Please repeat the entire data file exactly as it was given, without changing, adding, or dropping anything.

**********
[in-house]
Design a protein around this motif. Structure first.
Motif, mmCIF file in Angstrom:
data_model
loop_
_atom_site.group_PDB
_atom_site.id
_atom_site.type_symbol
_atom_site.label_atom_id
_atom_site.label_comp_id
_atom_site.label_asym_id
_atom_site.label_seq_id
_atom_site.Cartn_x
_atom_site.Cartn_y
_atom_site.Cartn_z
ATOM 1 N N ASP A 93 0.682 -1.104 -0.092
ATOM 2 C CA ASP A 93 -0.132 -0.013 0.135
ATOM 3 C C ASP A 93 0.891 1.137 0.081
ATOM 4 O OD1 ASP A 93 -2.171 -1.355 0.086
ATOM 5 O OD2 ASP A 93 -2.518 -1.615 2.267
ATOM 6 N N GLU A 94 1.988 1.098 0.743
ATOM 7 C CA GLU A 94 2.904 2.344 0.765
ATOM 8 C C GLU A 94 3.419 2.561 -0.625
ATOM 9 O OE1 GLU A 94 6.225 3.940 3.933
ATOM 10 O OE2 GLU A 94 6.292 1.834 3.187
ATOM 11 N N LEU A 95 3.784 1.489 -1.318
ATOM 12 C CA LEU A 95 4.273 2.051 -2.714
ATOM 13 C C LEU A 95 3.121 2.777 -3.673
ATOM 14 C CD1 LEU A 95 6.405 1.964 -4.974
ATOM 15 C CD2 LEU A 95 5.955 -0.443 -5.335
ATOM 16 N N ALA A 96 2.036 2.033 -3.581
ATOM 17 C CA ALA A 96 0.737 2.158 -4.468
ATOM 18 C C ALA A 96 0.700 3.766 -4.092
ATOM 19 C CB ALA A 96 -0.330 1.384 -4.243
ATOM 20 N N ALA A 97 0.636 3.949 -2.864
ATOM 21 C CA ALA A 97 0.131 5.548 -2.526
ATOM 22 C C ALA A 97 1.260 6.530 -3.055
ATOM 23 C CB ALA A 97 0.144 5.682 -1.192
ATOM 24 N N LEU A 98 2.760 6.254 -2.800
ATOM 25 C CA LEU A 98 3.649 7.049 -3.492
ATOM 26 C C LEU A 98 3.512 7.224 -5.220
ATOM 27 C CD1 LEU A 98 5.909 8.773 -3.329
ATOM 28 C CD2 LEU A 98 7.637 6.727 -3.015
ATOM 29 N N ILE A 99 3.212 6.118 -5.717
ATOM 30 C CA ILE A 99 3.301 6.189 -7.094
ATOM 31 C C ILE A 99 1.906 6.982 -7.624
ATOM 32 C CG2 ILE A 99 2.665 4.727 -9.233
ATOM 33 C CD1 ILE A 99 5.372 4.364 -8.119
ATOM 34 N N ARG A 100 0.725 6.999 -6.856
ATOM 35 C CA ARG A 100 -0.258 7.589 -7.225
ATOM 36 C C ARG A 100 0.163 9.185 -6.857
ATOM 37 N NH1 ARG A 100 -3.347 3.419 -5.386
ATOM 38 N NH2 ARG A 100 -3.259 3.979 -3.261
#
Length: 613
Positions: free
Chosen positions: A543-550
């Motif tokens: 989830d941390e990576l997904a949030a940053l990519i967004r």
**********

[in-house]
Design a protein around this motif. Structure first.
Motif, mmCIF file in Angstrom:
data_model
loop_
_atom_site.group_PDB
_atom_site.id
_atom_site.type_symbol
_atom_site.label_atom_id
_atom_site.label_comp_id
_atom_site.label_asym_id
_atom_site.label_seq_id
_atom_site.Cartn_x
_atom_site.Cartn_y
_atom_site.Cartn_z
ATOM 1 N N ASP A 93 0.682 -1.104 -0.092
ATOM 2 C CA ASP A 93 -0.132 -0.013 0.135
ATOM 3 C C ASP A 93 0.891 1.137 0.081
ATOM 4 O OD1 ASP A 93 -2.171 -1.355 0.086
ATOM 5 O OD2 ASP A 93 -2.518 -1.615 2.267
ATOM 6 N N GLU A 94 1.988 1.098 0.743
ATOM 7 C CA GLU A 94 2.904 2.344 0.765
ATOM 8 C C GLU A 94 3.419 2.561 -0.625
ATOM 9 O OE1 GLU A 94 6.225 3.940 3.933
ATOM 10 O OE2 GLU A 94 6.292 1.834 3.187
ATOM 11 N N LEU A 95 3.784 1.489 -1.318
ATOM 12 C CA LEU A 95 4.273 2.051 -2.714
ATOM 13 C C LEU A 95 3.121 2.777 -3.673
ATOM 14 C CD1 LEU A 95 6.405 1.964 -4.974
ATOM 15 C CD2 LEU A 95 5.955 -0.443 -5.335
ATOM 16 N N ALA A 96 2.036 2.033 -3.581
ATOM 17 C CA ALA A 96 0.737 2.158 -4.468
ATOM 18 C C ALA A 96 0.700 3.766 -4.092
ATOM 19 C CB ALA A 96 -0.330 1.384 -4.243
ATOM 20 N N ALA A 97 0.636 3.949 -2.864
ATOM 21 C CA ALA A 97 0.131 5.548 -2.526
ATOM 22 C C ALA A 97 1.260 6.530 -3.055
ATOM 23 C CB ALA A 97 0.144 5.682 -1.192
ATOM 24 N N LEU A 98 2.760 6.254 -2.800
ATOM 25 C CA LEU A 98 3.649 7.049 -3.492
ATOM 26 C C LEU A 98 3.512 7.224 -5.220
ATOM 27 C CD1 LEU A 98 5.909 8.773 -3.329
ATOM 28 C CD2 LEU A 98 7.637 6.727 -3.015
ATOM 29 N N ILE A 99 3.212 6.118 -5.717
ATOM 30 C CA ILE A 99 3.301 6.189 -7.094
ATOM 31 C C ILE A 99 1.906 6.982 -7.624
ATOM 32 C CG2 ILE A 99 2.665 4.727 -9.233
ATOM 33 C CD1 ILE A 99 5.372 4.364 -8.119
ATOM 34 N N ARG A 100 0.725 6.999 -6.856
ATOM 35 C CA ARG A 100 -0.258 7.589 -7.225
ATOM 36 C C ARG A 100 0.163 9.185 -6.857
ATOM 37 N NH1 ARG A 100 -3.347 3.419 -5.386
ATOM 38 N NH2 ARG A 100 -3.259 3.979 -3.261
#
Length: 613
Positions: free
Chosen positions: A543-550
């Motif tokens: 989830d941390e990576l997904a949030a940053l990519i967004r």